We in Beverly Shores are fortunate to live in a beautiful woodland environment in the Indiana Dunes, surrounded by the Great Marsh to the south and Lake Michigan to the north. We have more biodiversity in our area than can be found just about anywhere else in the U.S. We have arctic species that are a legacy of the glaciers that dug Lake Michigan, as well as plants from the south and west, like wild orchids and prickly pear cactus.
The environment that has allowed so many native species to thrive has also proven to be attractive to invasive plant species that constitute a major threat to native plants. The photo at the top of this page includes multiple invasives side by side. The butterbur, japanese knotweed, and multiflora rose are labeled. Look closely and you will see English ivy as well. Garlic mustard grows a few steps away; bamboo lines the garden across the street. Within a block of the photo, you can find bush honeysuckle, oriental bittersweet, a large stand of lily-of-the-valley, Japanese barberry, and burning bush. The woodland floor is covered by periwinkle (Vinca Minor, also called myrtle). Each of these invaders appears to be expanding, and some are so aggressive that they promise to form monocultures, squeezing out native plants and plant diversity in the areas they successfully attack.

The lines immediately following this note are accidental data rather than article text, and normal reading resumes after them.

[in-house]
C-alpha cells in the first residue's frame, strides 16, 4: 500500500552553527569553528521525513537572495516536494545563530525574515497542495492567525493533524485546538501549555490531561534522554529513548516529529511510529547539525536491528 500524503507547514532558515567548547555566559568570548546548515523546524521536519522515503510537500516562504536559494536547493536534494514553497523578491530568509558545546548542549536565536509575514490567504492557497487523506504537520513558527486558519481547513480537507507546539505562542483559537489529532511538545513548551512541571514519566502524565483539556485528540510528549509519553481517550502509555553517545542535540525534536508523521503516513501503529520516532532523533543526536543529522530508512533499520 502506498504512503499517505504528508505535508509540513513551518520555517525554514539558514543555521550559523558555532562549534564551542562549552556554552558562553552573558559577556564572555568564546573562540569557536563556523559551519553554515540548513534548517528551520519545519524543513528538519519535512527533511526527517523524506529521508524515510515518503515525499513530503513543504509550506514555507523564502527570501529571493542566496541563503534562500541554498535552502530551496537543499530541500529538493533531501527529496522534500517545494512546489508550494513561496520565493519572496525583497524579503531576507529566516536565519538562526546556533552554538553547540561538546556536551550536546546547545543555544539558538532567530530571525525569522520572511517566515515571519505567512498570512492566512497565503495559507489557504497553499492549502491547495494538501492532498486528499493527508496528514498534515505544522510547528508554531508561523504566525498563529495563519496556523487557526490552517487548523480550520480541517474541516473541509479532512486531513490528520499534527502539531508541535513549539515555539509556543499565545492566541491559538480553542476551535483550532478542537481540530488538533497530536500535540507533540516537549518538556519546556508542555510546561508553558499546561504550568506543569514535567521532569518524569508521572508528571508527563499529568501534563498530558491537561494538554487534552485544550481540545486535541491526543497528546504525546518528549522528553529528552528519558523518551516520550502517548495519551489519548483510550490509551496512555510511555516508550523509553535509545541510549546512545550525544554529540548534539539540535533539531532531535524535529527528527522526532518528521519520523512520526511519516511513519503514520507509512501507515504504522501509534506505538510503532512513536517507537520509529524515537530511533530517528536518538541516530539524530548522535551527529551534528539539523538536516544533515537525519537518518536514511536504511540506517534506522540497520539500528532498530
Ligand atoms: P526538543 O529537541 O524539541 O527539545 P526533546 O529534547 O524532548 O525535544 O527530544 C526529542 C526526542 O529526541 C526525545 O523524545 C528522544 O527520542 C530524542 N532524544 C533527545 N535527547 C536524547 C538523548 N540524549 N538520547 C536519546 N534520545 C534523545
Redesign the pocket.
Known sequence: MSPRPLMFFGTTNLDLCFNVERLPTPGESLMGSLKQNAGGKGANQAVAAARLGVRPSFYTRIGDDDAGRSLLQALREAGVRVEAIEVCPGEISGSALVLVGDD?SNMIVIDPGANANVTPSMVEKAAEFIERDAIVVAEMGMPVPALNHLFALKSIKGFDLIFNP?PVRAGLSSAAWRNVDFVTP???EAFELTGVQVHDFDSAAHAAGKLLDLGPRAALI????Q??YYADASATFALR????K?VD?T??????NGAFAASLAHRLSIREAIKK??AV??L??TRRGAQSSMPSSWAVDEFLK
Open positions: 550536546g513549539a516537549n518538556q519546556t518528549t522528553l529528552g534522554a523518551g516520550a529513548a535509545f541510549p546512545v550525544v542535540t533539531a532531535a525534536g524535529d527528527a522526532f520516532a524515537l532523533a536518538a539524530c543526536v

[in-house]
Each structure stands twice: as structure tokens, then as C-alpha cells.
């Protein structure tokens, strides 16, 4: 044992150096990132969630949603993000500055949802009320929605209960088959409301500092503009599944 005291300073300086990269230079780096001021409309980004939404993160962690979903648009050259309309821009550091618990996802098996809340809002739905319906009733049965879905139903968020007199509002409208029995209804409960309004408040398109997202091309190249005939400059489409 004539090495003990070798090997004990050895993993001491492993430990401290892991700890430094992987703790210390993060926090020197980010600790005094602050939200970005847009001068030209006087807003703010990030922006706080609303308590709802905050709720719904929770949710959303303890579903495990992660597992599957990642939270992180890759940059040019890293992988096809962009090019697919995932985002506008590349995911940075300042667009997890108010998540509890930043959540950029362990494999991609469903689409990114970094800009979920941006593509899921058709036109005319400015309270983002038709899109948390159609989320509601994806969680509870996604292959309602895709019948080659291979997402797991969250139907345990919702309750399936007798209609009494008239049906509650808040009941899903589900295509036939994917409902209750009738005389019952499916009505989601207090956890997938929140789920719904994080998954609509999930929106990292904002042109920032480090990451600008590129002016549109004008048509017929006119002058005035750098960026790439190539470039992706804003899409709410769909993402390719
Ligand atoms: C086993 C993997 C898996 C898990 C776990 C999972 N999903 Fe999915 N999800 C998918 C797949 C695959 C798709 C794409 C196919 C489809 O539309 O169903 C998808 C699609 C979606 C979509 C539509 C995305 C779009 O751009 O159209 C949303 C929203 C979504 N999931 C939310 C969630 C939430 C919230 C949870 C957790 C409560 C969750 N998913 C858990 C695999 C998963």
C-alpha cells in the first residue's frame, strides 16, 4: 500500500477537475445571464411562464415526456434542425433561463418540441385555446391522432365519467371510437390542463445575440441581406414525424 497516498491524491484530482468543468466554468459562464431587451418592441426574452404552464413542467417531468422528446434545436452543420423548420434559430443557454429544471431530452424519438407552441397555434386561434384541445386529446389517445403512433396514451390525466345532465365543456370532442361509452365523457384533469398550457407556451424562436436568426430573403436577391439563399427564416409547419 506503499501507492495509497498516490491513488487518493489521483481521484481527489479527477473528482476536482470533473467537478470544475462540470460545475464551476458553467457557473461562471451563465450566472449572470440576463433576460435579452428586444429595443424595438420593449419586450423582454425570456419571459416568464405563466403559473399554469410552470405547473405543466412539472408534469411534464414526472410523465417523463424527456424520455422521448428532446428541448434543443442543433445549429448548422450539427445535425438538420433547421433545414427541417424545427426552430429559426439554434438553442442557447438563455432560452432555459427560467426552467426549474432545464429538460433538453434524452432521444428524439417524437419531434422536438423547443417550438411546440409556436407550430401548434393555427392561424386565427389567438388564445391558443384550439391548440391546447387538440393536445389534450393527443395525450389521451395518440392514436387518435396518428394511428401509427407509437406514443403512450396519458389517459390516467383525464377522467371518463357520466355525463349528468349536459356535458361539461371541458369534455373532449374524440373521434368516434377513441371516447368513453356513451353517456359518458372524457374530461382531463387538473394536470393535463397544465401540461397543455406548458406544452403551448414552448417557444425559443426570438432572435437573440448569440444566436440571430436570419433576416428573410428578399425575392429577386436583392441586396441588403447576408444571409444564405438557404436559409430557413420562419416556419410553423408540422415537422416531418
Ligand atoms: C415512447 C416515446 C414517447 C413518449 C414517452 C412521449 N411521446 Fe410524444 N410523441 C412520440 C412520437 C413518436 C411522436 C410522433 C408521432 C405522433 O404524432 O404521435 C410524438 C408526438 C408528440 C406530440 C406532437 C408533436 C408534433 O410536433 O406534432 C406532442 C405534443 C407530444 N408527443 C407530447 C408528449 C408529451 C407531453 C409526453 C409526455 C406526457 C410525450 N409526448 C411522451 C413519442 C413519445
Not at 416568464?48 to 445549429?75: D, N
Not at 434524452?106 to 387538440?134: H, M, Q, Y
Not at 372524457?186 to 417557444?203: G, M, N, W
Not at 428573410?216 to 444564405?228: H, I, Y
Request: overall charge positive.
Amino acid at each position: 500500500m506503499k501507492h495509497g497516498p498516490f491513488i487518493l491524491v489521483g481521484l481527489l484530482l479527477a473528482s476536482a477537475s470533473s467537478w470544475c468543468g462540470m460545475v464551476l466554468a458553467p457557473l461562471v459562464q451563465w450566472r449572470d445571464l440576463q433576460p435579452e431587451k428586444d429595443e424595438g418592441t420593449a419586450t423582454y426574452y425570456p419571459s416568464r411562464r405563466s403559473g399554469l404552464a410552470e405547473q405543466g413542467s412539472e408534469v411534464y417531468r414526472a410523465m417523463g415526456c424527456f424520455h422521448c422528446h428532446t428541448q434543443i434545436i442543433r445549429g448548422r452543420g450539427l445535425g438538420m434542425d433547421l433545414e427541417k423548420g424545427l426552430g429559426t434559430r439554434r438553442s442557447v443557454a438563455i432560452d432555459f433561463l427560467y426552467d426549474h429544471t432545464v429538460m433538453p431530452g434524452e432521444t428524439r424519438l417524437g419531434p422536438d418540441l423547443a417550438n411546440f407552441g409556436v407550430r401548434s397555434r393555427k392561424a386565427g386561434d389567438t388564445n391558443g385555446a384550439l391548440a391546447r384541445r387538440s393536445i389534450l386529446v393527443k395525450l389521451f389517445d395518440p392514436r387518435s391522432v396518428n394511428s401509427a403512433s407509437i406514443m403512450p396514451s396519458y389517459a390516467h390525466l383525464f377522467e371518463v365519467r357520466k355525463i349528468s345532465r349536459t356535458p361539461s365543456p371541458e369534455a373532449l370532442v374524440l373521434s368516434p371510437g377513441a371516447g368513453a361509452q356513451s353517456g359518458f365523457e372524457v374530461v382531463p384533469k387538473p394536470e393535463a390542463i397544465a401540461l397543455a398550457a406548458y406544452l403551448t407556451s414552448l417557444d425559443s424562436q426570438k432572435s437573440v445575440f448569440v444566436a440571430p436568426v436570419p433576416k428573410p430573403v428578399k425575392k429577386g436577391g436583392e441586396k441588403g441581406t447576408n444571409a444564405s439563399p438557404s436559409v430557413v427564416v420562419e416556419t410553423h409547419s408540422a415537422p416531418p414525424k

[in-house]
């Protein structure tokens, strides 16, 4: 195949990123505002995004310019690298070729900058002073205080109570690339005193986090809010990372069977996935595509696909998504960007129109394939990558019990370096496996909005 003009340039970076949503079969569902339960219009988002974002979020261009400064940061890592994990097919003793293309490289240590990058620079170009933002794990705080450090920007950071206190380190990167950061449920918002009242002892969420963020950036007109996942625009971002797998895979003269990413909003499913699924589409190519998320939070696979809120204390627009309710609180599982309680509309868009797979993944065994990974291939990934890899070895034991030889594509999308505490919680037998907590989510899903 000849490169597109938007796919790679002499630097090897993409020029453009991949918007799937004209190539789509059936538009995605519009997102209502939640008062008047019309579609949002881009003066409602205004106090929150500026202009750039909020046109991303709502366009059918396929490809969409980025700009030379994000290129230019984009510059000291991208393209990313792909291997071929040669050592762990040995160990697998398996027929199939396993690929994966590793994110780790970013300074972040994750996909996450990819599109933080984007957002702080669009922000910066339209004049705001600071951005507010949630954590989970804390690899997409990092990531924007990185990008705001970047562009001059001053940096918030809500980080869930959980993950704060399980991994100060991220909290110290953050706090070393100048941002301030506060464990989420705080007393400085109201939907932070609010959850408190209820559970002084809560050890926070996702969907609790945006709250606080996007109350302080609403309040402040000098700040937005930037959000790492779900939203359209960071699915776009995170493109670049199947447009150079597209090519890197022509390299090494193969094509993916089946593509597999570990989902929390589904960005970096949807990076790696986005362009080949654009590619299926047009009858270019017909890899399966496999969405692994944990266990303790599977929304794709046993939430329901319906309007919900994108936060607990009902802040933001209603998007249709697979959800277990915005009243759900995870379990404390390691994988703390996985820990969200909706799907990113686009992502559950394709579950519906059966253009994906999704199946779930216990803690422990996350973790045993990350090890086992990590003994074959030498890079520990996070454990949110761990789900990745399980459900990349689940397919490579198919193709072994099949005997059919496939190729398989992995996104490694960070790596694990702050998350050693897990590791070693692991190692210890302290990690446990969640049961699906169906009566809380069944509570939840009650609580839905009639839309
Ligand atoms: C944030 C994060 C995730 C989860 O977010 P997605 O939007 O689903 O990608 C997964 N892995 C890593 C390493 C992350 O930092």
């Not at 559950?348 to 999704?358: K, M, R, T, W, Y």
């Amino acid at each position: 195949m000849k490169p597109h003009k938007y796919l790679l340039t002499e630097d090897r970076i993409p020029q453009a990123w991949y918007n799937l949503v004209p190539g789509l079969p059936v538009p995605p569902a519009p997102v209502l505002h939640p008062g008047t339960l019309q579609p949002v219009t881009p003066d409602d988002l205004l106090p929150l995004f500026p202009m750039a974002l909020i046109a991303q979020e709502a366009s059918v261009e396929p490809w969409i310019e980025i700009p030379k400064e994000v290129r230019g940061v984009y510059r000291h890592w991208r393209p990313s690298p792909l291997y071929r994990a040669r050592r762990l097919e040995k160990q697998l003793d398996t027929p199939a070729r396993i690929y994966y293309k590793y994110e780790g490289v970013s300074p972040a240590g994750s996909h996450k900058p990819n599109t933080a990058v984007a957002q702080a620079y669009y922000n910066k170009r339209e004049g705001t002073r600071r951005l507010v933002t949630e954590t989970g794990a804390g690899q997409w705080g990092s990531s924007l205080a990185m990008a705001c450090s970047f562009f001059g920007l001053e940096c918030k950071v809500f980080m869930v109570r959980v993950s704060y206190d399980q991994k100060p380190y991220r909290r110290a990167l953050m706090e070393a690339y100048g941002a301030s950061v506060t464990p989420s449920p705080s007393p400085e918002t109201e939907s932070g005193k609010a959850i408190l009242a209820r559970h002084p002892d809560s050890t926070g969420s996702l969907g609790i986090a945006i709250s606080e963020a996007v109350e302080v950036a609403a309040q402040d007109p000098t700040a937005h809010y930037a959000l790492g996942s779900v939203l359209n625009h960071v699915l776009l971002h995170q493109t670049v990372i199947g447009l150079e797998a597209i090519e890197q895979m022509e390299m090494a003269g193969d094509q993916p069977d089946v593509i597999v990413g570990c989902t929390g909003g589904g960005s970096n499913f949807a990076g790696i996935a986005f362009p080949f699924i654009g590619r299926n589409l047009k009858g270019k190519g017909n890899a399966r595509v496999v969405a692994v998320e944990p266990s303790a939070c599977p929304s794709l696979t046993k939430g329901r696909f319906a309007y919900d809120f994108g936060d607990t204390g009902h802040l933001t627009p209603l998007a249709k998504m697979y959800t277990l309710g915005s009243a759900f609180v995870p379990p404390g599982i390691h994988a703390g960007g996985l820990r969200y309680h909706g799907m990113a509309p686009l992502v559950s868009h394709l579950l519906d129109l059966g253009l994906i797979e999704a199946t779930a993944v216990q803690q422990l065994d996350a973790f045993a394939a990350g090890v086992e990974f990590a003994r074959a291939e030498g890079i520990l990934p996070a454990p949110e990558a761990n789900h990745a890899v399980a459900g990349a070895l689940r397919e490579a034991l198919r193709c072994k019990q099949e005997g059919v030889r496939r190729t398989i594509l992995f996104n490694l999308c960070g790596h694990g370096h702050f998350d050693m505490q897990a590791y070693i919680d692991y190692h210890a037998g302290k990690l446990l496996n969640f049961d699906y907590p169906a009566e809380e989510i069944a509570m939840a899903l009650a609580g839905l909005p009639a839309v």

The Environmental Restoration Group is fighting back. Our Tree-of-Heaven program has managed to eliminate literally thousands of these Chinese tree invaders from roadsides throughout Beverly Shores. We are now turning to working with homeowners to eliminate the Tree of Heaven from private property. We are mapping and monitoring invasives throughout Beverly Shores. Working together with the National Park Service, we have organized work days to remove invasives such as black locust and Lombardy poplar along Lake Michigan. We have cooperated with the Beverly Shores Park Board to remove invasives from Lituanica Park, with the Shirley Heinze Land Trust to clear invasives from portions of their extensive Beverly Shores holdings, and are also joining with the ABSR Environment Committee to pull garlic mustard throughout Beverly Shores. Finally, we provide extensive educational opportunities including the materials on this website, speakers at the Beverly Shores Sunday Speakers Series, the Bob Beglin Garden where you can see appropriate native plants for you garden, and numerous articles in Sand Tracks. Click on any of the pictures below for a brief information sheet for that invasive plant. Click the button below for a list of Terry Bonace's series, Dune Plants: Friend or Foe? Terry's informative articles provide more details for identifying and controlling invasive species as well as suggestions for appropriate native plants that can be used in place of the invasive in question.